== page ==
COVID-19 Cleaning: How To Return To The Office Safely

While many office workers have switched to working remotely in the wake of COVID-19, some employees and companies may work with proprietary tools or volatile chemicals that require employees to be on-site to ensure the job’s done right. And as restrictions lessen and more documentation is available about how COVID-19 spreads, large numbers of office settings will reopen in the coming months. When opening offices back up, employers and building managers should implement thorough cleaning and disinfection methods to make sure everyone’s safe.

Employers should also consider their employees’ comfort, who may be in understandably heightened states of concern. There are also physical changes which workplaces should implement if they plan to welcome staff back into their premises. This includes updated approaches to hygiene and cleaning, as well as some structural “redesigning.” We hope the tips below will help improve office safety and bring more peace of mind to everyone working as we navigate this crucial public health issue.

COVID-19 Social Distancing Measures At The Office

For businesses that require on-site employees, social distancing in the office should be required from the start, and not only when offices fully reopen. Starting social distancing early will give time to test which methods work best for your office before everyone transitions back.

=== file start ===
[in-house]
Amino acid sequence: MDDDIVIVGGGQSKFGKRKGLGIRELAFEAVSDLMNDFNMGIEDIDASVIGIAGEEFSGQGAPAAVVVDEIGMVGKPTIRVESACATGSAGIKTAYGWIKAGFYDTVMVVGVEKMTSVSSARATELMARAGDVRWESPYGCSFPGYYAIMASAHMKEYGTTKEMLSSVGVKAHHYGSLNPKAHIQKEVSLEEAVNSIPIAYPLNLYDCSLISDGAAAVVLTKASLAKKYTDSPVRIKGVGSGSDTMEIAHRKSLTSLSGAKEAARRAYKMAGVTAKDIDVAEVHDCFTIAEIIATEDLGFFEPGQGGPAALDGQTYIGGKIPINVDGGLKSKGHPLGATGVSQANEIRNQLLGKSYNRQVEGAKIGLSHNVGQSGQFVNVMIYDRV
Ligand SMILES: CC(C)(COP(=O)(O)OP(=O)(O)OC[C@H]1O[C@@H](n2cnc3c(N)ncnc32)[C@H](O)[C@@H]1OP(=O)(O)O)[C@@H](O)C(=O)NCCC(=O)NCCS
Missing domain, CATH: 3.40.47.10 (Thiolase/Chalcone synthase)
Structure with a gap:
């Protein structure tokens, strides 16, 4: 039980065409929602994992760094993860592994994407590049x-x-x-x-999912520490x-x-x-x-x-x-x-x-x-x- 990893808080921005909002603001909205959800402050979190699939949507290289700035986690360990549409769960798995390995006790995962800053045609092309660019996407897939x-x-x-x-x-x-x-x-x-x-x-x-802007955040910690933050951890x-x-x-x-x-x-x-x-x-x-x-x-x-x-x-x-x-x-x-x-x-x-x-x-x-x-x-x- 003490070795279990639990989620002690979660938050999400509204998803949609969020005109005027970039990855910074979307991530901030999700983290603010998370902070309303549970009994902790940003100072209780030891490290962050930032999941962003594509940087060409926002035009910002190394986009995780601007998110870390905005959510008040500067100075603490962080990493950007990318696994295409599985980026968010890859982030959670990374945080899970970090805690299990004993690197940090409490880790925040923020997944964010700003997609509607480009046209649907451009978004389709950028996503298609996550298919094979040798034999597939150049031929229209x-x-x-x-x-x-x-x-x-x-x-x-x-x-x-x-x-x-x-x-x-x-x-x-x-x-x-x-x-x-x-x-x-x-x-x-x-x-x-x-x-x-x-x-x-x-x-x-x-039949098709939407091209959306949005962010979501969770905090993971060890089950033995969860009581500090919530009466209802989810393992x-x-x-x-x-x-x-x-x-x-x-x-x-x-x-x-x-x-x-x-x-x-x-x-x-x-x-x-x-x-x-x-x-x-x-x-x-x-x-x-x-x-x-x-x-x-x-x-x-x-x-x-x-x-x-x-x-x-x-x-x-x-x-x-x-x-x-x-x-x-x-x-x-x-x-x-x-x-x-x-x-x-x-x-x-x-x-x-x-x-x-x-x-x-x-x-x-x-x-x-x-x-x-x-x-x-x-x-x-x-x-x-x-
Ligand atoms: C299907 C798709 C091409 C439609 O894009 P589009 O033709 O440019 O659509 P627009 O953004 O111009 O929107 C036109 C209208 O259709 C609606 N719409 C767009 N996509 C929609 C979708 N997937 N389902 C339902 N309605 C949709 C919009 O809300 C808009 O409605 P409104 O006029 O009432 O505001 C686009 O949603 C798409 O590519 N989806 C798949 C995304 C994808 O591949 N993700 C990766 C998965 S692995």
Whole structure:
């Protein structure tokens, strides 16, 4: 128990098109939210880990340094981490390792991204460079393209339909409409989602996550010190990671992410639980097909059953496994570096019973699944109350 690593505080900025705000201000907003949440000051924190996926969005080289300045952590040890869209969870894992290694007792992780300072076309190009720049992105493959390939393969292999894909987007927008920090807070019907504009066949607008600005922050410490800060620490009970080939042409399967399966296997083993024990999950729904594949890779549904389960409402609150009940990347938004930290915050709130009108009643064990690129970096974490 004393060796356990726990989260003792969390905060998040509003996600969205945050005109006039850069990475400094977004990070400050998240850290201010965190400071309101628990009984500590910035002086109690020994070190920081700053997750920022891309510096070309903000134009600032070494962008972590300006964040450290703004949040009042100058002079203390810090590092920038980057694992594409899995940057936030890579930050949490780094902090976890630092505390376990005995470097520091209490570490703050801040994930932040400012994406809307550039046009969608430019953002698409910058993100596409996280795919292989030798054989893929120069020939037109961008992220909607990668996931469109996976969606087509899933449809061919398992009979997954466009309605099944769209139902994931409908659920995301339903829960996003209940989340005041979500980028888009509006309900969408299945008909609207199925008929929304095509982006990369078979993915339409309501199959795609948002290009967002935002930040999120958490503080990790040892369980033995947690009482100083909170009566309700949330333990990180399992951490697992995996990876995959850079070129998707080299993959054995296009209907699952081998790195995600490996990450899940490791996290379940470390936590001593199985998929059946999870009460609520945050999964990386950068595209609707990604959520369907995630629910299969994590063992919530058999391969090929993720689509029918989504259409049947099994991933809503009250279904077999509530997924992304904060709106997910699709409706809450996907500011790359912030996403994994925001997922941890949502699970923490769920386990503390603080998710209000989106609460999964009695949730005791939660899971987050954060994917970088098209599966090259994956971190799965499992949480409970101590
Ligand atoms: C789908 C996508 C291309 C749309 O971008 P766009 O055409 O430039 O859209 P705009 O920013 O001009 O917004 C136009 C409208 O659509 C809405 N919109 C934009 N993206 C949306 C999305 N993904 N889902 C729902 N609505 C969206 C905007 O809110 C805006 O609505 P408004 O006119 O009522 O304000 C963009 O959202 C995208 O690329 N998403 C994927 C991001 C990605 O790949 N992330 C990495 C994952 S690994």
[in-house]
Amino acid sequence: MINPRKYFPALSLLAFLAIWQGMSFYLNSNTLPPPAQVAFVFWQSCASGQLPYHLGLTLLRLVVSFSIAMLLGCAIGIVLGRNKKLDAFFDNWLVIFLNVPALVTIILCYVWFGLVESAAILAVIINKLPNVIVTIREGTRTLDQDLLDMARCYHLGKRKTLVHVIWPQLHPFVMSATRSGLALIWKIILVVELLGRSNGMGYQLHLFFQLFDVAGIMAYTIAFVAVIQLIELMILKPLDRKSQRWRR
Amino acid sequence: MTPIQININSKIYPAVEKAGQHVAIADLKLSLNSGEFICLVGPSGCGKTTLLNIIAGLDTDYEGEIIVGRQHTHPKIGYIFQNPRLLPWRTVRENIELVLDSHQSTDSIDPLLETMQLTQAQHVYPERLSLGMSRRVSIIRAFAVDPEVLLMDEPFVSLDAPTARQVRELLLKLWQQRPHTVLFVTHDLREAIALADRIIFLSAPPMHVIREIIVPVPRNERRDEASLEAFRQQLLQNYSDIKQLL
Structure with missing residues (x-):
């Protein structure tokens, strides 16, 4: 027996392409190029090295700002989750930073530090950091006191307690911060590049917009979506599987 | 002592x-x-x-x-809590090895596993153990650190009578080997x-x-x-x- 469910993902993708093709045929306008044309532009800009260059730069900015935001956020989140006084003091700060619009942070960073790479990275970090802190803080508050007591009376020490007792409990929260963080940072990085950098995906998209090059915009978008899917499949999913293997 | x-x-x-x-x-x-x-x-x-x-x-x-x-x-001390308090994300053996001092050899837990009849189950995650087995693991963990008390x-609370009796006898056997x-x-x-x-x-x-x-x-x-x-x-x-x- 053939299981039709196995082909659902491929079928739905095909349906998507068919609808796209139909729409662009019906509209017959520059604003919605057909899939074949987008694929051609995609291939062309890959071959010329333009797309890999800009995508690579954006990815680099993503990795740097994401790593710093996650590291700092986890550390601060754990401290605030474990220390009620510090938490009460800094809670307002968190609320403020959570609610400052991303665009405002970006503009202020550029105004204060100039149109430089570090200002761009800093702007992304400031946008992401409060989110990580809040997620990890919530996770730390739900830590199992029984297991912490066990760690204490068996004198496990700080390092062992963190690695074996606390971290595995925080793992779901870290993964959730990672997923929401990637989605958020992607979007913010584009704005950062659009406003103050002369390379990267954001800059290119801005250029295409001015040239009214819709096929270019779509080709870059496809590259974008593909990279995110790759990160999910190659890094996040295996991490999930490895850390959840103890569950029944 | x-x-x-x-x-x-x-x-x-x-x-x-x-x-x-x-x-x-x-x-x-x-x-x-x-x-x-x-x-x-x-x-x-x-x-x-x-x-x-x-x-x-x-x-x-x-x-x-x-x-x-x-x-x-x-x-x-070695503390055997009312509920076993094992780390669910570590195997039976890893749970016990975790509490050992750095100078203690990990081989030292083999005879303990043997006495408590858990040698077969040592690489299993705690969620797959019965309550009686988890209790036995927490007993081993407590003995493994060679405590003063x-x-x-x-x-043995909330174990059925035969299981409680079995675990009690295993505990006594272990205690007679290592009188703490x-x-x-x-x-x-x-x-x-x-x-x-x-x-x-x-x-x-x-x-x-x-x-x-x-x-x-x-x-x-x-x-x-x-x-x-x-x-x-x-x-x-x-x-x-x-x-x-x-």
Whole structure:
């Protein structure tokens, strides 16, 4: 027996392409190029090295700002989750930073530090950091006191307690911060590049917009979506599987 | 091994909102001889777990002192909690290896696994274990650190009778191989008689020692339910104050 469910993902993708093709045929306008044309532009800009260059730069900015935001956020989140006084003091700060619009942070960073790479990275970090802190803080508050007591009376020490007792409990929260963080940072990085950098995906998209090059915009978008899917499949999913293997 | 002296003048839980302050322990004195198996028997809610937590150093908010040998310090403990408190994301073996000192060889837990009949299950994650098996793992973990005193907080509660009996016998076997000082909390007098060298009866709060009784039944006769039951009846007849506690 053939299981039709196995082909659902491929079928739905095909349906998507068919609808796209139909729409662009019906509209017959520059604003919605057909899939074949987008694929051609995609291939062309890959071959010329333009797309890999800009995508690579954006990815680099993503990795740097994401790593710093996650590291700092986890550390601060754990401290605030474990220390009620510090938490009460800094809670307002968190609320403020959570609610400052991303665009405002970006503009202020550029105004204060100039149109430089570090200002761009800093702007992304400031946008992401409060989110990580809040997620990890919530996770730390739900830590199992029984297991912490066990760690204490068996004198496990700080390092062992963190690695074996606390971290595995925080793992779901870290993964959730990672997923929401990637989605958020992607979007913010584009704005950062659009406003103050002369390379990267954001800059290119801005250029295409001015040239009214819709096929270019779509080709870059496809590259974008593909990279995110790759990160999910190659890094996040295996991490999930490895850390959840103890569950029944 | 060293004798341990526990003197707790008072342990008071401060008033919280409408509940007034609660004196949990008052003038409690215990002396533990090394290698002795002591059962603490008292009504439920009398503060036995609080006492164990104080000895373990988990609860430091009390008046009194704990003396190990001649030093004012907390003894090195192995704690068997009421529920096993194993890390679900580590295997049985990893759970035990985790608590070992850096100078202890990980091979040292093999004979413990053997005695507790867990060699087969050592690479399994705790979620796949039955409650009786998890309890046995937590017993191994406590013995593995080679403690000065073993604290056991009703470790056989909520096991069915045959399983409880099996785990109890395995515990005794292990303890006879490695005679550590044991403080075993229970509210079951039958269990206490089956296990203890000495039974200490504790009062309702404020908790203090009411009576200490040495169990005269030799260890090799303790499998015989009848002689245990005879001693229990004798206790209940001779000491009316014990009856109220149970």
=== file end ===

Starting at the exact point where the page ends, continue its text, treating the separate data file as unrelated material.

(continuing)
• Conduct a comprehensive safety management assessment of the workplace to identify potential workplace dangers that could increase risks for contracting COVID-19.
  • Look for common areas where employees may have close proximity with others — for example, meeting areas, break rooms, locker rooms, kitchens, waiting rooms, and common paths of entry and exit.
  • Make sure all employees are kept in the loop about best practices, and not just those most-visible in the office. This could include management, utility employees, relief staff, janitorial workers, and maintenance.
  • If contractors work at the office, make sure to communicate with their main company about changes to work procedures and requirements. Such can help mitigate or even prevent transmission of the COVID-19 virus.

COVID-19 Office Cleaning & Adjustments

If your company is reopening, there are several effective steps you should take to ensure your office is implementing the best COVID-19 guidelines. Below are some useful ways to keep your employees and customers safe while staying productive.

One-Way Systems

If possible, your company should standardize separate entrances and exits to keep walking paths consistent. This will reduce overcrowding of doorways and thruways while ensuring social distancing. While not crucial, it will help reduce the spread of contaminants and keep the building cleaner.

Dedicated Hand Sanitizers

Implement sanitizer locations at key areas in your building, such as the entrance and near “high touch” spots (i.e. next to bathrooms and printers). Offer individual hand sanitizers at each location to make hand hygiene as effective as possible.

Different Arrival Times

To improve the social distancing at your office, employees can arrive at staggered times to decrease how many people are and aren’t. This will also help incentivize people to use entrances, rest rooms, and other areas at separate times.

Screens and barriers

For employees with customer facing roles, or for those who frequently interact with coworkers (such as receptionists), setting up appropriate screens and barriers that keep them socially distant and safe while still allowing them to do good work.